On the part of Boko Haram, Allamin points to mass abductions of civilians, especially women and girls; sexual violence including rape, forced marriage and sexual slavery; and forced conscription of children. On the part of the military, she cites allegations of arbitrary arrests and disappearances, extrajudicial killings and sexual violence against women. “Some of them have even come out with babies, and some with pregnancies,” she told Justice Info. “I have registered some 800 women who have conceived and given birth in a military detention facility. And then there are a lot of allegations of torture.”

She says she has registered over 8,000 mothers and wives of the disappeared, and some 4,000 women and girls who have been abducted and sexually abused. Such allegations have been documented by numerous local and international NGOs, as well as the ICC Prosecutor. Both sides in the conflict have been accused of directing attacks against civilians.

Ongoing violations by both sides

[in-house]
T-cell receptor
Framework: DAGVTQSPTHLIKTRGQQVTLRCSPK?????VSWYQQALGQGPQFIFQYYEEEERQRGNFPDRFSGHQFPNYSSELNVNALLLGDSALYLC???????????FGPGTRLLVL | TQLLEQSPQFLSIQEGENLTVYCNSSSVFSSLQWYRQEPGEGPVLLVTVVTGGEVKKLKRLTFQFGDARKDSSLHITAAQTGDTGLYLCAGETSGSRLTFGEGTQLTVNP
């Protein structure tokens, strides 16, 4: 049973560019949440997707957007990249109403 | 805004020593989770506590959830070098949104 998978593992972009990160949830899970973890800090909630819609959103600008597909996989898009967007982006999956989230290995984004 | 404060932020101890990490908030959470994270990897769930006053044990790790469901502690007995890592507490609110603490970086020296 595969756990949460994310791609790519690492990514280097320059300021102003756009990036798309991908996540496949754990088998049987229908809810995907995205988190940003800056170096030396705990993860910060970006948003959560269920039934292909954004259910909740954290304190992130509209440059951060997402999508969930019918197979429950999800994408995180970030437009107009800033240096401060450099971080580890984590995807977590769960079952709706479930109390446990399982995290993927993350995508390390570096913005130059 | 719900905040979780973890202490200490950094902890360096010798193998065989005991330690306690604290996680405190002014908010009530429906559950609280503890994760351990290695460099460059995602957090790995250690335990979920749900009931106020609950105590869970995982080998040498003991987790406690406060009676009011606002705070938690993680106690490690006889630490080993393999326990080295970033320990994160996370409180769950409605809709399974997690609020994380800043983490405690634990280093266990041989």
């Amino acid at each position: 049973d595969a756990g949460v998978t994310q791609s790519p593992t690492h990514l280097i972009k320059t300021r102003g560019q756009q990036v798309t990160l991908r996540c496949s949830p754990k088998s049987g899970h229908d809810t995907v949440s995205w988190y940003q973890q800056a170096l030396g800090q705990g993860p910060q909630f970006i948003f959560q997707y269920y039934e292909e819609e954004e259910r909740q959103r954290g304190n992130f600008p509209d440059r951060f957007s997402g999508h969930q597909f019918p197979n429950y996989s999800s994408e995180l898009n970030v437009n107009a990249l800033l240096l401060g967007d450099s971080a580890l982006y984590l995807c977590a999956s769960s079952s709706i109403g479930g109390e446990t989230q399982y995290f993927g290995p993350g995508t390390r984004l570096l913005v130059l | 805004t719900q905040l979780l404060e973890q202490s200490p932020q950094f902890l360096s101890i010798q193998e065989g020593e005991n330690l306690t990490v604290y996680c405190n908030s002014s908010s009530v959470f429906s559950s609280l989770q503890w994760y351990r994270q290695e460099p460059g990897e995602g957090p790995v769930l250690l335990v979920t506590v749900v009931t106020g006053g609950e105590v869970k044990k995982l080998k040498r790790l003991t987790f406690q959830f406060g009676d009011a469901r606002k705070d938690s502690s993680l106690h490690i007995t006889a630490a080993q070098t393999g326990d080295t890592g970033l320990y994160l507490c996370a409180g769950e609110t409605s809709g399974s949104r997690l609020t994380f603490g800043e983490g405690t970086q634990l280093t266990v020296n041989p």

The war was at its height between 2014 and 2016, but is still ongoing. Even though Boko Haram’s sphere of influence and attacks have lessened as the government regained territory, the pattern of abuses remains the same, says Matt Wells, deputy director of Amnesty International’s crisis response team. “We continue to see attacks on civilians, abductions, use of children – both boys and girls – by Boko Haram,” he told Justice Info. “And the same is true for the Nigerian military. We continue to see large-scale arbitrary detention of those who are perceived to be affiliated with Boko Haram, and no due process or steps towards fair trials. There continue to be inhumane conditions for those in detention.”